Outdoor sports is the keynote of this volume. Boys will alternately thrill and chuckle over this splendid narrative of the further adventures of Dick Prescott and his chums.
the money all right," drawled Ripley, with an important air, as he passed up three five dollar bills. "Give me a receipt for this, please."
"You've money enough there to pay it all," said the auctioneer.
"Yes; but I may bid on something else," Fred replied.
"Good luck to you," laughed the auctioneer.
Presently along came a miscellaneous lot of the weapons that had been used by cowboys and Indians connected with the show. The auctioneer tried to close these out in one lot, but there were no bids.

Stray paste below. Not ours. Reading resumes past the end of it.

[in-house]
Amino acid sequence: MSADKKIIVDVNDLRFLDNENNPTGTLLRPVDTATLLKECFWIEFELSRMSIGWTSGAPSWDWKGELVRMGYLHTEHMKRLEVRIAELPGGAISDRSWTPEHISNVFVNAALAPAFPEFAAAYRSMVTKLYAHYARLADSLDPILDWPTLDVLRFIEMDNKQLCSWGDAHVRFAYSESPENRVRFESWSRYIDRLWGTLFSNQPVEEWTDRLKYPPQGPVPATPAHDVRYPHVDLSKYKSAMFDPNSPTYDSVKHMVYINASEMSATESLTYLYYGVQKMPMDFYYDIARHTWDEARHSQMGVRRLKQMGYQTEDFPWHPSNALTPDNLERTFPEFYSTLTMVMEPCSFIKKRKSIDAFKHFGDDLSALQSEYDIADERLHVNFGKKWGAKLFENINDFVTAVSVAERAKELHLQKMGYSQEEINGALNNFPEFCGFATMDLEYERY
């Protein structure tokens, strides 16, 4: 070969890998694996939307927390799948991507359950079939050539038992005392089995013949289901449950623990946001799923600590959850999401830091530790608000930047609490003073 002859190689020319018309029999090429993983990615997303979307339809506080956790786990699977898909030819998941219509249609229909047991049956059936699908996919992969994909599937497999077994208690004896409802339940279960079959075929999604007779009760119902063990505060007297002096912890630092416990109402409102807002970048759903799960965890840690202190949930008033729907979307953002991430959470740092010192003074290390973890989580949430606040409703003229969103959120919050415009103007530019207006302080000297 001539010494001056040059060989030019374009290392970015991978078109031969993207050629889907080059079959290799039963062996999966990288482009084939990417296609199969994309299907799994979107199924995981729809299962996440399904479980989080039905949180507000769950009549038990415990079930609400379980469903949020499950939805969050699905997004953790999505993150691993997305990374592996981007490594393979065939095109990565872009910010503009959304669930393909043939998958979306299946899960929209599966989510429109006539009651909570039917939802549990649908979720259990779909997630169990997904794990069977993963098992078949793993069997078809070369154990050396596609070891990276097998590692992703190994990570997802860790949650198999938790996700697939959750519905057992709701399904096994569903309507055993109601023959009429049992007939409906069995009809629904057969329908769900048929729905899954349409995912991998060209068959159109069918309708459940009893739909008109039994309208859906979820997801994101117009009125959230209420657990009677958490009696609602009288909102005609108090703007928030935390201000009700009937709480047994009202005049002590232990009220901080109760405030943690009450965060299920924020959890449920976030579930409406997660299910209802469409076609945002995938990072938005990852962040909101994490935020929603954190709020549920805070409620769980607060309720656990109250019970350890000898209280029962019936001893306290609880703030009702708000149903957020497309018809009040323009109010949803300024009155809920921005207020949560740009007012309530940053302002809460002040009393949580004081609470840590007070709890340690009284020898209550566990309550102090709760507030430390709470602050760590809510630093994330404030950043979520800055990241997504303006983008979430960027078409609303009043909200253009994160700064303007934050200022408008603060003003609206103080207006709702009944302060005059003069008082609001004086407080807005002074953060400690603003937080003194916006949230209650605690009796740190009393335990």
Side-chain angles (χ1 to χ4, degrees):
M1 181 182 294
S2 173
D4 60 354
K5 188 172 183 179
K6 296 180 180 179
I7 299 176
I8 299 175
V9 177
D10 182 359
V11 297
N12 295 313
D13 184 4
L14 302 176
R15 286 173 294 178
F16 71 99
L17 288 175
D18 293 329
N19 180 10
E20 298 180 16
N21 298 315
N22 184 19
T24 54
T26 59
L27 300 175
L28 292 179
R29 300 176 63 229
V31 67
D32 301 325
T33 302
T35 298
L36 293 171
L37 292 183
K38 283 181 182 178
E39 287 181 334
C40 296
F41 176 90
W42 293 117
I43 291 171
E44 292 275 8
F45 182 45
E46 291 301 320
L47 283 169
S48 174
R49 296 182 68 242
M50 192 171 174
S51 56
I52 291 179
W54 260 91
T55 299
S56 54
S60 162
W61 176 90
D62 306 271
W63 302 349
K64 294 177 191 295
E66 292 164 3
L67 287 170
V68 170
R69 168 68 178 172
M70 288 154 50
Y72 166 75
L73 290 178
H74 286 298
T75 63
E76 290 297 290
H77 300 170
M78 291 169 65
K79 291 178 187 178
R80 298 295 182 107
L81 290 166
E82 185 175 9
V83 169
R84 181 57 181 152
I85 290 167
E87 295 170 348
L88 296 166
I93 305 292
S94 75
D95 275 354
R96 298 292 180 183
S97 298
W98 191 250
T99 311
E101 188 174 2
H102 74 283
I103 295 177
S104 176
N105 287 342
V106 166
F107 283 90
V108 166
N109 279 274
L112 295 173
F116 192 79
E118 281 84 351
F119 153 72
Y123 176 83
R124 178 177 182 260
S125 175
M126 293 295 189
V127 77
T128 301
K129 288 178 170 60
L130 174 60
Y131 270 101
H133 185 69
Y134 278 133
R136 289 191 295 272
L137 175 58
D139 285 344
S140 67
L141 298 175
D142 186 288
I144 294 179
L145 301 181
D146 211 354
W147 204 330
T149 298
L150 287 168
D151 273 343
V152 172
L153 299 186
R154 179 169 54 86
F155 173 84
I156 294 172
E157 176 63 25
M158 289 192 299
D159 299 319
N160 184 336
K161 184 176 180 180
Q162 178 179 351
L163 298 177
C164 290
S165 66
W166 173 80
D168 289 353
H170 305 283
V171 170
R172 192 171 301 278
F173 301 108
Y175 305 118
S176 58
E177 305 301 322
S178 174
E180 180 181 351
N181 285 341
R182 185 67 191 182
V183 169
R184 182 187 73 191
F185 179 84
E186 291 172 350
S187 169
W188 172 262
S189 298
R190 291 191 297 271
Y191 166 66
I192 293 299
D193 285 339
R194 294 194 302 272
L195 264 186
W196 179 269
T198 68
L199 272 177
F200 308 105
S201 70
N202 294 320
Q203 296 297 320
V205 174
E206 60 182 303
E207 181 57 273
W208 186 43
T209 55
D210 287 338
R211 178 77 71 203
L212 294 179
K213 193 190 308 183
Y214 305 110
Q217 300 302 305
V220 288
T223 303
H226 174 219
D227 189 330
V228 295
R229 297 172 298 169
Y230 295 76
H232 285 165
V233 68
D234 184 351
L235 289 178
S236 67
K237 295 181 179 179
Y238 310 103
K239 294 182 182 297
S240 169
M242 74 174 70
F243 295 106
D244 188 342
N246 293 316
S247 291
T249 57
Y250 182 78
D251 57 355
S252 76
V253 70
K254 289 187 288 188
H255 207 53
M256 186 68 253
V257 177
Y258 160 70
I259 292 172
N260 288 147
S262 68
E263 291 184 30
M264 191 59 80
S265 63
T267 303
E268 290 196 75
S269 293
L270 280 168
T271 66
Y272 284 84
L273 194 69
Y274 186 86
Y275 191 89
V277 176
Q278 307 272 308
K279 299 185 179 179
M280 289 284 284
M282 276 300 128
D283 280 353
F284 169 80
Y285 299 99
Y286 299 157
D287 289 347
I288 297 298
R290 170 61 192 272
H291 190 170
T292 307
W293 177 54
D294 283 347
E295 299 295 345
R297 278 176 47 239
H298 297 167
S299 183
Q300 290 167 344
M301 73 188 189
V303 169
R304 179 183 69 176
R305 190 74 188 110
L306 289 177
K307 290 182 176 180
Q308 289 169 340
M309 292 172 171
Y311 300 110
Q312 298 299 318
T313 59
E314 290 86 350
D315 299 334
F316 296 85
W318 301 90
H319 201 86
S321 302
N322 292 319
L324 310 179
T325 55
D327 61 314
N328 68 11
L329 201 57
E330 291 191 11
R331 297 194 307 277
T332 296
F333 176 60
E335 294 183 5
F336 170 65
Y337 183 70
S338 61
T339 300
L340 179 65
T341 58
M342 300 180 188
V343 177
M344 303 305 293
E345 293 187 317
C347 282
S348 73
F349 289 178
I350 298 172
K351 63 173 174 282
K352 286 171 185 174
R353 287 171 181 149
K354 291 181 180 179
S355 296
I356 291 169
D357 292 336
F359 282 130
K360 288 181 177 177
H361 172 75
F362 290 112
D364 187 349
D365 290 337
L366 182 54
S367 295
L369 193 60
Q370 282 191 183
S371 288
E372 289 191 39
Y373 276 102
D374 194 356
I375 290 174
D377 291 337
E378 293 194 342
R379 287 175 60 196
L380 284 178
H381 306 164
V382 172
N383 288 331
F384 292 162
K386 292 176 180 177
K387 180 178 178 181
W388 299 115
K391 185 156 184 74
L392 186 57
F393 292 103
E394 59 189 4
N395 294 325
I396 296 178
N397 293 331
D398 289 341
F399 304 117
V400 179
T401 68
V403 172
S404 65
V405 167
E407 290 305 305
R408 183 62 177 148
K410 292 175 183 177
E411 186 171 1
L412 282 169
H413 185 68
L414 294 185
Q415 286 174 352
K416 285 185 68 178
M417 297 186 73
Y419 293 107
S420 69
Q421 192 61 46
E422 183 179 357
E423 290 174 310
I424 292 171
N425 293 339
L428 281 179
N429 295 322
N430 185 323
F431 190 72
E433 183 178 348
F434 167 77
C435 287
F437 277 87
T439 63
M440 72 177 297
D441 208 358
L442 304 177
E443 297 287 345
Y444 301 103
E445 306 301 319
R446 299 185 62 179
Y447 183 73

Several of the younger men did brisk, but not high bidding for the rifles. These were disposed of.
Then tomahawks were offered for sale, singly. The first ones offered went at an average of twenty-five cents each. At last Dan Dalzell secured one for a nickel, paid his money and proudly tucked his purchase under his arm.
"Bring out the grand war canoe!" called the auctioneer at last.
Now every drop of blood in Dick Prescott's body tingled. His chums, too, were eq